Intra-fund advice will likely fall short of what people need to plan for their retirement and this situation may be made more problematic if a future government outlaws volume-based fees, according to actuarial research house, Rice Warner.
In a paper published this week, Rice Warner has warned that moving all financial advice to fee for service, expressed in dollars and not a percentage of assets could drastically reduce the demand for advice.
“Problems will arise in the market with the introduction of new products. For example, the Government’s proposed Comprehensive Income Products for Retirement (CIPR) position paper put forward that:
“The Government would require trustees to provide guidance (which may or may not be financial advice) or intra-fund advice tools to help members navigate between the retirement income products offered by the fund”,” the Rice Warner analysis said.
“The reality is that most retirees need comprehensive financial advice to develop a retirement strategy and select an appropriate product. However, we have a conundrum – the volume of money flowing to retirement is growing rapidly as the population ages while at the same time we have an exodus of financial advisers from the industry, with nearly 6,000 advisers leaving the industry in 2017 alone,” it said.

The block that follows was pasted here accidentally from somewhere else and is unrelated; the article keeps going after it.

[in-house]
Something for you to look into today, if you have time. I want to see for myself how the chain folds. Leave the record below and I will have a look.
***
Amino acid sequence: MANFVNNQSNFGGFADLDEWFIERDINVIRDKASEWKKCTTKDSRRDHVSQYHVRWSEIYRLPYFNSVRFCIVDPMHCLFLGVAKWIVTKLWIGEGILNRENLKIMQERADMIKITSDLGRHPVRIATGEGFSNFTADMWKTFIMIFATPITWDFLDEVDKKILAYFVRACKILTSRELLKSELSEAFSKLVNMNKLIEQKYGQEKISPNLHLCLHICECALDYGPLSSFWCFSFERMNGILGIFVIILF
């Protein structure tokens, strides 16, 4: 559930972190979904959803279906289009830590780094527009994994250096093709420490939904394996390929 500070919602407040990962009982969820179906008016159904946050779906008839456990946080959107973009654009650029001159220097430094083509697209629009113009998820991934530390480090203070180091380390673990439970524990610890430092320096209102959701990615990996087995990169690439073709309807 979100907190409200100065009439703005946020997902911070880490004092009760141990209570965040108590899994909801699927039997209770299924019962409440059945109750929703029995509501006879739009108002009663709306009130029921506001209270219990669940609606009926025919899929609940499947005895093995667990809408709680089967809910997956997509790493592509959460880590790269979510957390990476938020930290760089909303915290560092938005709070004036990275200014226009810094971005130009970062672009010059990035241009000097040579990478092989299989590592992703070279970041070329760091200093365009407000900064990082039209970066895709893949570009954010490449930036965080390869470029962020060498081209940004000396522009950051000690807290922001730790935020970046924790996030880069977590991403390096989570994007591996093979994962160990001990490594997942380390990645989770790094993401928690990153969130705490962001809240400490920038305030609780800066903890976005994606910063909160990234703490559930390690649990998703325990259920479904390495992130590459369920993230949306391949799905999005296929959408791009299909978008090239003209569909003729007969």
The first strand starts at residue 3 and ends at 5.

“It is difficult to plan retirement using intra-fund advice,” the Rice Warner paper said. “In addition to setting an appropriate investment strategy, and determining the amount of monthly pension payments, members will need to know about Centrelink (for the means-tested the Age Pension). All this requires knowledge of assets held outside superannuation or held by their spouse. Further, the two-thirds of Australians who are married at retirement will want to plan their retirement together.”
“Advisers and superannuation funds will need to look to innovative models for advice using technology to improve value and reduce costs. Otherwise the wave of baby-boomers heading into retirement will be underserviced as they grapple with one of life’s most complex and important decisions.”